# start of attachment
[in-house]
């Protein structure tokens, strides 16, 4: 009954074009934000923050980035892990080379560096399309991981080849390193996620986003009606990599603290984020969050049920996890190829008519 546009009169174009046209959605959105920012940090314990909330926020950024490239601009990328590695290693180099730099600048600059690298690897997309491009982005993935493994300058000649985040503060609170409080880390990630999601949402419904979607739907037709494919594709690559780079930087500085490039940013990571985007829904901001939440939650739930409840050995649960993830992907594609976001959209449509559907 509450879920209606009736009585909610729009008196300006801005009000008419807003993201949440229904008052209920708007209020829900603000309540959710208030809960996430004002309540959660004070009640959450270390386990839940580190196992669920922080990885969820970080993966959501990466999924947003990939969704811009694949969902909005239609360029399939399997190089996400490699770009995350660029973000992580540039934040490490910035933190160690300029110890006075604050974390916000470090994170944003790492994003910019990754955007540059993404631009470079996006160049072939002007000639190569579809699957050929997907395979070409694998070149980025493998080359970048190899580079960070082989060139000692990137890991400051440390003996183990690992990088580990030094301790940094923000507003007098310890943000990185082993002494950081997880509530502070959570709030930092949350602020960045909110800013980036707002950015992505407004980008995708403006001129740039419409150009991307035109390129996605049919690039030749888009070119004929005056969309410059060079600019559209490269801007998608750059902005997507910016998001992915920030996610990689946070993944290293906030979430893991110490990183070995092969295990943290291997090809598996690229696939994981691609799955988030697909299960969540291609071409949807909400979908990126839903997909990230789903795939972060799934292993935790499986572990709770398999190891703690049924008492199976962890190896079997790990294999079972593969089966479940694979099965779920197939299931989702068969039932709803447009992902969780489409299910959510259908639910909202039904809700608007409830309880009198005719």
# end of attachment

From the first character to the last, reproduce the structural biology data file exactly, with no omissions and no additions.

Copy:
[in-house]
């Protein structure tokens, strides 16, 4: 009954074009934000923050980035892990080379560096399309991981080849390193996620986003009606990599603290984020969050049920996890190829008519 546009009169174009046209959605959105920012940090314990909330926020950024490239601009990328590695290693180099730099600048600059690298690897997309491009982005993935493994300058000649985040503060609170409080880390990630999601949402419904979607739907037709494919594709690559780079930087500085490039940013990571985007829904901001939440939650739930409840050995649960993830992907594609976001959209449509559907 509450879920209606009736009585909610729009008196300006801005009000008419807003993201949440229904008052209920708007209020829900603000309540959710208030809960996430004002309540959660004070009640959450270390386990839940580190196992669920922080990885969820970080993966959501990466999924947003990939969704811009694949969902909005239609360029399939399997190089996400490699770009995350660029973000992580540039934040490490910035933190160690300029110890006075604050974390916000470090994170944003790492994003910019990754955007540059993404631009470079996006160049072939002007000639190569579809699957050929997907395979070409694998070149980025493998080359970048190899580079960070082989060139000692990137890991400051440390003996183990690992990088580990030094301790940094923000507003007098310890943000990185082993002494950081997880509530502070959570709030930092949350602020960045909110800013980036707002950015992505407004980008995708403006001129740039419409150009991307035109390129996605049919690039030749888009070119004929005056969309410059060079600019559209490269801007998608750059902005997507910016998001992915920030996610990689946070993944290293906030979430893991110490990183070995092969295990943290291997090809598996690229696939994981691609799955988030697909299960969540291609071409949807909400979908990126839903997909990230789903795939972060799934292993935790499986572990709770398999190891703690049924008492199976962890190896079997790990294999079972593969089966479940694979099965779920197939299931989702068969039932709803447009992902969780489409299910959510259908639910909202039904809700608007409830309880009198005719």